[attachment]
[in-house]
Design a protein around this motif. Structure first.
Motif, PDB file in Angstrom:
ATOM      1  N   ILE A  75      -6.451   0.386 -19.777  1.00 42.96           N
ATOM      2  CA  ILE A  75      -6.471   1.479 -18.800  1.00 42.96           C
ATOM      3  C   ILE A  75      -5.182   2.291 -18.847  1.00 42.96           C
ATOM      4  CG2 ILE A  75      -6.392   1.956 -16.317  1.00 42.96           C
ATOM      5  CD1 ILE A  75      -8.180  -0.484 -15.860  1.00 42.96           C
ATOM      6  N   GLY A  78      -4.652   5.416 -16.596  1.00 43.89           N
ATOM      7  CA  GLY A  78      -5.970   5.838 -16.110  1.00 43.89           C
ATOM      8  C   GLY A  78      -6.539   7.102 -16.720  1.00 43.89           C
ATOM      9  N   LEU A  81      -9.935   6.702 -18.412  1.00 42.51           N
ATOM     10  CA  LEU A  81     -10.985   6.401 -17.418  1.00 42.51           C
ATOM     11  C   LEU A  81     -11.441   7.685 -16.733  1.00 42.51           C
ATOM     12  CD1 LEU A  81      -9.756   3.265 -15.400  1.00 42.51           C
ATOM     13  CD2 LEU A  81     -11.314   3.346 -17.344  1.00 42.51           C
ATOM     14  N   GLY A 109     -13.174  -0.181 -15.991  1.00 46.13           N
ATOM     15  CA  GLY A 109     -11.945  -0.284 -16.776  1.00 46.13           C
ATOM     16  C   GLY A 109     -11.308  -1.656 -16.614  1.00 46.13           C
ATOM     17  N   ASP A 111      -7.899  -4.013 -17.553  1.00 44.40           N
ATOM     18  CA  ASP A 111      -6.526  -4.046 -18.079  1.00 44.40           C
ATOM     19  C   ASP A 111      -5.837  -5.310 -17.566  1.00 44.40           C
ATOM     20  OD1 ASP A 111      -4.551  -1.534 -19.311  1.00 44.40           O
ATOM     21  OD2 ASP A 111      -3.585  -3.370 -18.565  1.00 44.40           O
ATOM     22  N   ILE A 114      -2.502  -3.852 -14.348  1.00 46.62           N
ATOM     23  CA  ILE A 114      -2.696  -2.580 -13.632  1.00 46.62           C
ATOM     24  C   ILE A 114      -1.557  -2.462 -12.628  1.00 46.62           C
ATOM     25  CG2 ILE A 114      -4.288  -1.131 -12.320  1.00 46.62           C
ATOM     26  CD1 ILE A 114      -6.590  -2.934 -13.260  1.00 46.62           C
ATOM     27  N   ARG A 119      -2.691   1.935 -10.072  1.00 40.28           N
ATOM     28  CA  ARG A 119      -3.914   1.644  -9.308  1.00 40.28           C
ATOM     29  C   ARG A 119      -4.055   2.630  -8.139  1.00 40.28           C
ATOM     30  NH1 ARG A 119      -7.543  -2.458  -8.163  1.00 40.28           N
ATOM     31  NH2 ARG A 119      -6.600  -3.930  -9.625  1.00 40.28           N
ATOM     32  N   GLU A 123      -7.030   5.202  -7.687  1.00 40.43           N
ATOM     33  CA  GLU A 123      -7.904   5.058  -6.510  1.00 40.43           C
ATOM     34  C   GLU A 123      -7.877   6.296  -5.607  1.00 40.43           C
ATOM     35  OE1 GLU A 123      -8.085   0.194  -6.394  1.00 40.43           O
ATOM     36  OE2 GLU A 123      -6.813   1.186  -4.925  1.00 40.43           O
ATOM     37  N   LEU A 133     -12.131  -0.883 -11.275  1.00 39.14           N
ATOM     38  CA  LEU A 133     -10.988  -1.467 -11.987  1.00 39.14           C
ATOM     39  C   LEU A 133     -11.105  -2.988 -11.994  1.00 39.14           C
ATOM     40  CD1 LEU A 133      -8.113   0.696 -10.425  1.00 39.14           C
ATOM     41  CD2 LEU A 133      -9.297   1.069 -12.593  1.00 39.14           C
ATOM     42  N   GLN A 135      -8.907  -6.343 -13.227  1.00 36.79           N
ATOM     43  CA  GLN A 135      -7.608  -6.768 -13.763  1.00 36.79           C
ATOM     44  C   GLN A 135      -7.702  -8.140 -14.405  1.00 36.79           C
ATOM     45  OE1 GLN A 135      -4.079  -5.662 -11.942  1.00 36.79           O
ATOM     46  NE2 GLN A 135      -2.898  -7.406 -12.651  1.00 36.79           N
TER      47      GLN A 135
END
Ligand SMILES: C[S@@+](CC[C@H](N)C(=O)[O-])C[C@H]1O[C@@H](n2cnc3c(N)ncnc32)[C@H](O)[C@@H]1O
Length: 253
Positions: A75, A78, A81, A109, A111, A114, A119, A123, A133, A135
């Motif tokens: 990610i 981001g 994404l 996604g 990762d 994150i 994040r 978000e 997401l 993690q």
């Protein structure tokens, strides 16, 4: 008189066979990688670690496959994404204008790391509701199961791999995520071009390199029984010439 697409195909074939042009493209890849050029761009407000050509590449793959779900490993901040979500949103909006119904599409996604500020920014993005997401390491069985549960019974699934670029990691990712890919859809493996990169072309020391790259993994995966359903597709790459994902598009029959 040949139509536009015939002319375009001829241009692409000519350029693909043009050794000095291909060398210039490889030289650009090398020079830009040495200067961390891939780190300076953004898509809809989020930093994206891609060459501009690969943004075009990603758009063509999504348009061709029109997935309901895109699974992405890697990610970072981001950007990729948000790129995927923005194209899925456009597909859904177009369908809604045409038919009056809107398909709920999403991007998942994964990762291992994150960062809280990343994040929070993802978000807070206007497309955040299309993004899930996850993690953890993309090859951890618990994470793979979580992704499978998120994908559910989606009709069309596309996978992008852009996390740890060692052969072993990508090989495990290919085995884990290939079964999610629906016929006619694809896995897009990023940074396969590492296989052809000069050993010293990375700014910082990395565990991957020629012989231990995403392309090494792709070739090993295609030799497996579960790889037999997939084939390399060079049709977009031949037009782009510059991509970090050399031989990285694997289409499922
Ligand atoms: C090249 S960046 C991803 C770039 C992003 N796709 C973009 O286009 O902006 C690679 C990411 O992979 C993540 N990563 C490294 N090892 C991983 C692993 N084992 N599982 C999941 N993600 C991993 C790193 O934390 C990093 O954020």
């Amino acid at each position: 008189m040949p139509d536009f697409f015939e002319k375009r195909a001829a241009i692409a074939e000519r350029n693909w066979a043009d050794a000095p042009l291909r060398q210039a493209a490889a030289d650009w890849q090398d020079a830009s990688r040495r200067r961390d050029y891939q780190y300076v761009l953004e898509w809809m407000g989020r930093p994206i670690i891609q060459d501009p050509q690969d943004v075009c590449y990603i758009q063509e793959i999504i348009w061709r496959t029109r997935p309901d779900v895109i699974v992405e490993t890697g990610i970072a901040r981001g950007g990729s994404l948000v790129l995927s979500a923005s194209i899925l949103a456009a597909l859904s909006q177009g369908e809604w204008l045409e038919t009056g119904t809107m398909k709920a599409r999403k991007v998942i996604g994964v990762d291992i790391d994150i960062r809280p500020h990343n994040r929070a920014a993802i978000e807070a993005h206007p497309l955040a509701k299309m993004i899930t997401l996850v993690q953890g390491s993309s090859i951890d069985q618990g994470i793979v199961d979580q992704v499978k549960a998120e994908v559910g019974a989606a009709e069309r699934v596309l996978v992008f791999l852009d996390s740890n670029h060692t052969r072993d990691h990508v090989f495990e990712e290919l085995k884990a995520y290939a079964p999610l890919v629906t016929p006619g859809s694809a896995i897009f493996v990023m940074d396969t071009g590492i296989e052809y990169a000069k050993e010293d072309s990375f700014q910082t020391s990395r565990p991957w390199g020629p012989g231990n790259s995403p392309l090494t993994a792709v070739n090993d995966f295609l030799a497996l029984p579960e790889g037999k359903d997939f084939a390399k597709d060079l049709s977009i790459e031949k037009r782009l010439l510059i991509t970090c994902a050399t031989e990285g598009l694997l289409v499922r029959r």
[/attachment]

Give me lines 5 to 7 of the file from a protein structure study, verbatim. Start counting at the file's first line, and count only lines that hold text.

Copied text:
ATOM      2  CA  ILE A  75      -6.471   1.479 -18.800  1.00 42.96           C
ATOM      3  C   ILE A  75      -5.182   2.291 -18.847  1.00 42.96           C
ATOM      4  CG2 ILE A  75      -6.392   1.956 -16.317  1.00 42.96           C